Content-centric XML: Where We've Been, Where We're Going in 2003

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Look Into the Future
"Predictions are difficult—especially about the future." Whether it was Yogi Berra or Niels Bohr who said that, it certainly is true of XML. Waiting for XML's adoption has been like waiting for Godot. With increasing XML support for business users, and general awareness of XML's benefits, 2003 may be the year when content-centric XML gets as much support as does the data-centric variety. If this happens, it will be in part because vendors understand that general business users constitute a far larger market than the early technical adopters.

"Semantic Web" is less likely. My hunch says it fails the 80-20 rule. Give us 80% (or a little less) of the capabilities with 20% or less of the effort or complexity, and that's the solution most will choose. Search engines—-especially Google—are getting increasingly clever at sensing the best results for search requests, and Google is software sans "Semantic Web." Moreover, the sheer number of legacy Web pages, and the complexity and number of XML vocabularies, makes me say: Not in 2003 and, except for certain vertical industries, maybe never.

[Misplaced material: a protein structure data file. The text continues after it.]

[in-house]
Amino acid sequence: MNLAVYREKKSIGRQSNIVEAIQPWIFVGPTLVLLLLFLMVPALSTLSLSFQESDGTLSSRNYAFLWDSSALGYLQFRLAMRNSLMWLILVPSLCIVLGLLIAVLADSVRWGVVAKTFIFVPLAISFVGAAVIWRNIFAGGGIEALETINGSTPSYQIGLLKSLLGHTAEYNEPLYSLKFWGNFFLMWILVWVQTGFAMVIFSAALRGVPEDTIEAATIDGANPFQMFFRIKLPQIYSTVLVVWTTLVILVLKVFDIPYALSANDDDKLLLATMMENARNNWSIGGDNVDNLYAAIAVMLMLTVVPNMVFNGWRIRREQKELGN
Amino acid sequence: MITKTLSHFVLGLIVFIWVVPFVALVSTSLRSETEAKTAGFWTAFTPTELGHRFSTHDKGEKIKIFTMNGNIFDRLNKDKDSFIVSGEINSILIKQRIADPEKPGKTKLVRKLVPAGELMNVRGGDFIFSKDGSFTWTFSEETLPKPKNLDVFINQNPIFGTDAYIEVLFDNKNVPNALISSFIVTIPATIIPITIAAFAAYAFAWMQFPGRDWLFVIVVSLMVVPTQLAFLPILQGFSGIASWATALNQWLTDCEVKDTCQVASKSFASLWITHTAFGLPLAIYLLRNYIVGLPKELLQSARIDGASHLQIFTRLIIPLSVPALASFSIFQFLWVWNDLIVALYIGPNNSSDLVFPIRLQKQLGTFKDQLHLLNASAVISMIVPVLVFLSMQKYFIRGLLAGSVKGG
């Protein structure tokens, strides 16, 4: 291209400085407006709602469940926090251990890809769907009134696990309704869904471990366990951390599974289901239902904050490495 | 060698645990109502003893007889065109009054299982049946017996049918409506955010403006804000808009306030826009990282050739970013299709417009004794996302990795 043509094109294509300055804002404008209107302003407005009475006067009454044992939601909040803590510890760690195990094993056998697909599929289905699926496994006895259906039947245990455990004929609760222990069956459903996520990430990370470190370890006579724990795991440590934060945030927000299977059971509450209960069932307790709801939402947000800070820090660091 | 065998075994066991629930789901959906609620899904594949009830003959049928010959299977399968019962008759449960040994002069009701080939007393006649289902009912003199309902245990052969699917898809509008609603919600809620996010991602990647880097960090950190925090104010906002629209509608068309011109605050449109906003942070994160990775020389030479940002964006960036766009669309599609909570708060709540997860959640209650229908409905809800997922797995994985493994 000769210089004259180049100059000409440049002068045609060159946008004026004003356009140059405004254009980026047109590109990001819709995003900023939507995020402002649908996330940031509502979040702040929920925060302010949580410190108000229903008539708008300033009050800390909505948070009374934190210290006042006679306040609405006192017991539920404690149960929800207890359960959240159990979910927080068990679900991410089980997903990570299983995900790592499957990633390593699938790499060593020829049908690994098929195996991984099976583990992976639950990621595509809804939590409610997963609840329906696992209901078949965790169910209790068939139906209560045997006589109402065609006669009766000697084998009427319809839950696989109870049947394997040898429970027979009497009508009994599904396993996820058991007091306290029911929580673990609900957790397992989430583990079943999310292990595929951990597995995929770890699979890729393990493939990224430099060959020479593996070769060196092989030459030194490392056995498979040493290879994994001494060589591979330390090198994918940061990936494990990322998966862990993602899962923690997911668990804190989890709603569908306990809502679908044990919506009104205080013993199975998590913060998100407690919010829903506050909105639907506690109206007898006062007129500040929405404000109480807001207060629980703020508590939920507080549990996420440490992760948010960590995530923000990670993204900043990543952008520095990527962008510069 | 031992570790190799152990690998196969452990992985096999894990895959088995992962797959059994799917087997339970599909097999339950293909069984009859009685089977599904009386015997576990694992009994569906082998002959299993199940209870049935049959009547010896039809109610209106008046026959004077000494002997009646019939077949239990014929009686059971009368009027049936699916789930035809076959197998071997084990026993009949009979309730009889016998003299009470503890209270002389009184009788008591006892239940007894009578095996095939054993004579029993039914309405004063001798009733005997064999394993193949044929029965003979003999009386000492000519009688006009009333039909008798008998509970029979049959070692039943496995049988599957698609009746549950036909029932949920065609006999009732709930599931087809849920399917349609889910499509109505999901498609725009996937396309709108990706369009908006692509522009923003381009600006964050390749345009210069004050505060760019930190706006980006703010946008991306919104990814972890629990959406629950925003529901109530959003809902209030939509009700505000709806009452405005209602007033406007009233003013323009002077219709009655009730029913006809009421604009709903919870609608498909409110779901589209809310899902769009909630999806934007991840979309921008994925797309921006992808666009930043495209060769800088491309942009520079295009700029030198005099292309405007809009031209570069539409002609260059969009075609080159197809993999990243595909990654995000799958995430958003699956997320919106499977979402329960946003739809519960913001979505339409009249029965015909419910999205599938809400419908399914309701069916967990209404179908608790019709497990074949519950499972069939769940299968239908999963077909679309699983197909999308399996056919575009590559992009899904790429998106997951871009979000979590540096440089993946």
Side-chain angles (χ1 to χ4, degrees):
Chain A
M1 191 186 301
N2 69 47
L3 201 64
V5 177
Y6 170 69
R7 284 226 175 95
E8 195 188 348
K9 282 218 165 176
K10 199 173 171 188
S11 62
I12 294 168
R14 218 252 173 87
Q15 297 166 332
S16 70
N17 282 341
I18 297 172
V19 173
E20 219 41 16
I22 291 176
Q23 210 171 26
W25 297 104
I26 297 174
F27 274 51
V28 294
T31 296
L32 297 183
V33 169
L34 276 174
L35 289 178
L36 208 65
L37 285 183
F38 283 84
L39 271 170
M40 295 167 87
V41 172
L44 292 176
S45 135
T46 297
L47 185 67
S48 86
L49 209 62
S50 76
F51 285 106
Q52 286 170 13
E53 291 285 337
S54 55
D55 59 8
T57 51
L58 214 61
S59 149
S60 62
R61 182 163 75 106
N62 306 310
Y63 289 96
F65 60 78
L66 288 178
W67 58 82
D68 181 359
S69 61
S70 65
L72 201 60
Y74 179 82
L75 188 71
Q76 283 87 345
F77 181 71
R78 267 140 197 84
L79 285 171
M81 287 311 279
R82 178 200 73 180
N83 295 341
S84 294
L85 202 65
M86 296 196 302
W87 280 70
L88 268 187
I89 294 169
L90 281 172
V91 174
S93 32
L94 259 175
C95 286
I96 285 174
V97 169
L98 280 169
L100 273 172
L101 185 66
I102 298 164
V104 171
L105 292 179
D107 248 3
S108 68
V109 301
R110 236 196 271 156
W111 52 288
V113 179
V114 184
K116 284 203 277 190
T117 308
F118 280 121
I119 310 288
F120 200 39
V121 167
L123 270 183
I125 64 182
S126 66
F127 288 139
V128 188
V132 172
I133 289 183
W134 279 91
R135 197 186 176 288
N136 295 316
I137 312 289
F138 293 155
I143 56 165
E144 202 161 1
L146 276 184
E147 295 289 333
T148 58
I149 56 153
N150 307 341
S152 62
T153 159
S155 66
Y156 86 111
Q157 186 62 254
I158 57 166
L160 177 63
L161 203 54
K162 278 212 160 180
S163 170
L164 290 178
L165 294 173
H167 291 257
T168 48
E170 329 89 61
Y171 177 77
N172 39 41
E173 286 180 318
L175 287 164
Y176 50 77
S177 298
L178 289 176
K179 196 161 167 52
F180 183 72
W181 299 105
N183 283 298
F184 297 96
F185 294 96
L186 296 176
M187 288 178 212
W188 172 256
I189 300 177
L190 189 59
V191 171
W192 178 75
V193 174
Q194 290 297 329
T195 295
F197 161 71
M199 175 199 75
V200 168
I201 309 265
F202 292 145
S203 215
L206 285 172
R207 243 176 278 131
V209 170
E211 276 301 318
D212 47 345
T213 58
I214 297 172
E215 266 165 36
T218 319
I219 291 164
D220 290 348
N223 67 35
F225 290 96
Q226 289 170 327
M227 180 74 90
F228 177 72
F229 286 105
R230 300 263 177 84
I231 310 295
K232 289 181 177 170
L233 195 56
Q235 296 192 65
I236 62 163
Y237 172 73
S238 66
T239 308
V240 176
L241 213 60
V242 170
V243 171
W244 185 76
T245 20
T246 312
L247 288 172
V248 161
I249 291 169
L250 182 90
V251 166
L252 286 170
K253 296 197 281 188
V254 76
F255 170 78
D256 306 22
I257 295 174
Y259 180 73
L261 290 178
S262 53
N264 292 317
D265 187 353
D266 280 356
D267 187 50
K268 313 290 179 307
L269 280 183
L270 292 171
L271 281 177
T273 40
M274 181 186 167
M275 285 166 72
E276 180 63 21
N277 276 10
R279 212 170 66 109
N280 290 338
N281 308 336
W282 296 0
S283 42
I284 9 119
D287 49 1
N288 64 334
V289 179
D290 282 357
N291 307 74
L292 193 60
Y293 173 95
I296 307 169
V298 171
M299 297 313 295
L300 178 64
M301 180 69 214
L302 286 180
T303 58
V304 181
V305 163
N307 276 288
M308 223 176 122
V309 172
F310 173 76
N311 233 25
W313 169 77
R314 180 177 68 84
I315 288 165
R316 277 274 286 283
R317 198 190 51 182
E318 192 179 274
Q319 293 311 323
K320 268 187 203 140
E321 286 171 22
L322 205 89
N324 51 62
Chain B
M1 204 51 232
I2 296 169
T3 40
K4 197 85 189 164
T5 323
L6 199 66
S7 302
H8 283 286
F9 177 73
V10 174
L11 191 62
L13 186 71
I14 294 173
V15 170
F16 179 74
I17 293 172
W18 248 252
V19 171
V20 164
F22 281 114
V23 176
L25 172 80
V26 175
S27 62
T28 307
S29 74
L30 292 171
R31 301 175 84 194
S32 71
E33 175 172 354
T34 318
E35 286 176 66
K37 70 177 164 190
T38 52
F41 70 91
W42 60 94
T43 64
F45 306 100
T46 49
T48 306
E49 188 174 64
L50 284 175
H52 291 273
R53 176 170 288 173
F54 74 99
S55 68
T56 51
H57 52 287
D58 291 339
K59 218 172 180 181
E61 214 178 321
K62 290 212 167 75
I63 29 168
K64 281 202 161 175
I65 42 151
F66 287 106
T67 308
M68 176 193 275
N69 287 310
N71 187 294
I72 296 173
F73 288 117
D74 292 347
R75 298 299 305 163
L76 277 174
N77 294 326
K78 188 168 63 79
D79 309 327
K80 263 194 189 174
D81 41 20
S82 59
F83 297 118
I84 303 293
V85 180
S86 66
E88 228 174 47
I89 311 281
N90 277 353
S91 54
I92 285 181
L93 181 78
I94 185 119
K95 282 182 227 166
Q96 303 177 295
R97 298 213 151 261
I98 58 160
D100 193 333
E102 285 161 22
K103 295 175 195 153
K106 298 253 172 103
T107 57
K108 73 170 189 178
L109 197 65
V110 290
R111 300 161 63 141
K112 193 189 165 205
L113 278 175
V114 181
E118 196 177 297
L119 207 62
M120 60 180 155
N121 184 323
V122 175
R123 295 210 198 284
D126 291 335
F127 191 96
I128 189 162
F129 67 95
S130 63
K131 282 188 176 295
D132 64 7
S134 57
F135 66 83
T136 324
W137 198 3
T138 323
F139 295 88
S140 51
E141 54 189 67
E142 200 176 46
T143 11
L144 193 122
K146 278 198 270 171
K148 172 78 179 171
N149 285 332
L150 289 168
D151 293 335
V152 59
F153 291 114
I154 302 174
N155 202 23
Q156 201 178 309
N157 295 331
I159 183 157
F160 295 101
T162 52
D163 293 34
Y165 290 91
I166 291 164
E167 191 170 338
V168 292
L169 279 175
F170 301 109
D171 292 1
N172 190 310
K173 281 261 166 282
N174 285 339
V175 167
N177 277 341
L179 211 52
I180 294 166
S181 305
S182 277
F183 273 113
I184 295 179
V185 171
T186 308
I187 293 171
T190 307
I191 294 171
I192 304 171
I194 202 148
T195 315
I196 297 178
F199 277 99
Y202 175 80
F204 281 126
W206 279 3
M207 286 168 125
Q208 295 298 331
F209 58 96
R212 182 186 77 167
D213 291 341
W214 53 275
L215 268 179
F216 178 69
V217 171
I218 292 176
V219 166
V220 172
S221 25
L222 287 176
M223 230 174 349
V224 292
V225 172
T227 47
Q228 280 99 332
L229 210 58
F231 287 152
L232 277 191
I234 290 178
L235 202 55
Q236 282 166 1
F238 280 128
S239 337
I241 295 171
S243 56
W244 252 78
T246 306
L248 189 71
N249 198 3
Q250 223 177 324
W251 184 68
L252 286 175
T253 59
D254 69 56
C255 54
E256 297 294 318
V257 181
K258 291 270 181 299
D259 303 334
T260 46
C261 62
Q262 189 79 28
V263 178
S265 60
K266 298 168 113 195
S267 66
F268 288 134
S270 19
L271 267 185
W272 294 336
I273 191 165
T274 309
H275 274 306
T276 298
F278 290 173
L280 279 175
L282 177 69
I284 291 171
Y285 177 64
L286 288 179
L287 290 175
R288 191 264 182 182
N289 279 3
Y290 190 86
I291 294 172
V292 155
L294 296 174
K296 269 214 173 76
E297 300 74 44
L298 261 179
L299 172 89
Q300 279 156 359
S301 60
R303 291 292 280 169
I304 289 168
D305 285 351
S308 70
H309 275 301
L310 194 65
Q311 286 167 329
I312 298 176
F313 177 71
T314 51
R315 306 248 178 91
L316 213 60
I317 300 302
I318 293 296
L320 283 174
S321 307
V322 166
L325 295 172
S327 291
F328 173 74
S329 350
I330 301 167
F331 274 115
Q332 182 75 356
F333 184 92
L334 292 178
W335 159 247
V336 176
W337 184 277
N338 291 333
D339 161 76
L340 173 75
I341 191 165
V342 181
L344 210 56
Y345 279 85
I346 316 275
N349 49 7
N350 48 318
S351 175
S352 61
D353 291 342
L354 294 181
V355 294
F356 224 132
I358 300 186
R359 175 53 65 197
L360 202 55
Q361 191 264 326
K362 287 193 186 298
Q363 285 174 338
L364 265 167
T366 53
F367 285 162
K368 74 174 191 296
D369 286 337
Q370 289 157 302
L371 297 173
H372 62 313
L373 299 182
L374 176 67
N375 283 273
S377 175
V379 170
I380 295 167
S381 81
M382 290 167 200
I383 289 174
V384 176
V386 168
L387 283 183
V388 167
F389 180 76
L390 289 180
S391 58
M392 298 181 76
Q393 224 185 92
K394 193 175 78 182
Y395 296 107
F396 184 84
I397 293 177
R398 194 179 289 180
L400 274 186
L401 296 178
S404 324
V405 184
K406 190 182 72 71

Consumer resistance to paying for Web content and for restrictions on their ability to make "fair use" copies of content from one medium to another suggest that XrML for consumer applications will still face tough sledding in 2003. XrML for business applications may come sooner, but as features of suites, which may explain Microsoft's stake in ContentGuard.

Vendors think 2003 may be a watershed year for XML authoring systems. In late September, PG Bartlett, Arbortext's vice president of marketing, told me "Reuse and automation are the key requirements driving most businesses to commit to XML content management solutions." Initiatives such as Arbortext's focus on the life sciences are key. Arbortext is targeting new drug applications, product information (package inserts, leaflets and labels), and written documentation of procedures (so-called SOPs) used in the preparation, processing and packaging of pharmaceutical and medical products. The benefits? Not only faster time to market, but less exposure to FDA penalties. One large company expects a benefit of 30 times the cost of this solution. This focused application of XML with specific benefits is what I believe will drive industry acceptance.

That's the view of content in late 2002. Arguably, content without knowledge is data without information, and content is useful only as a foundation for knowledge, the ultimate enterprise intellectual asset. But knowledge management, itself increasingly exploiting XML, is another column for another day.

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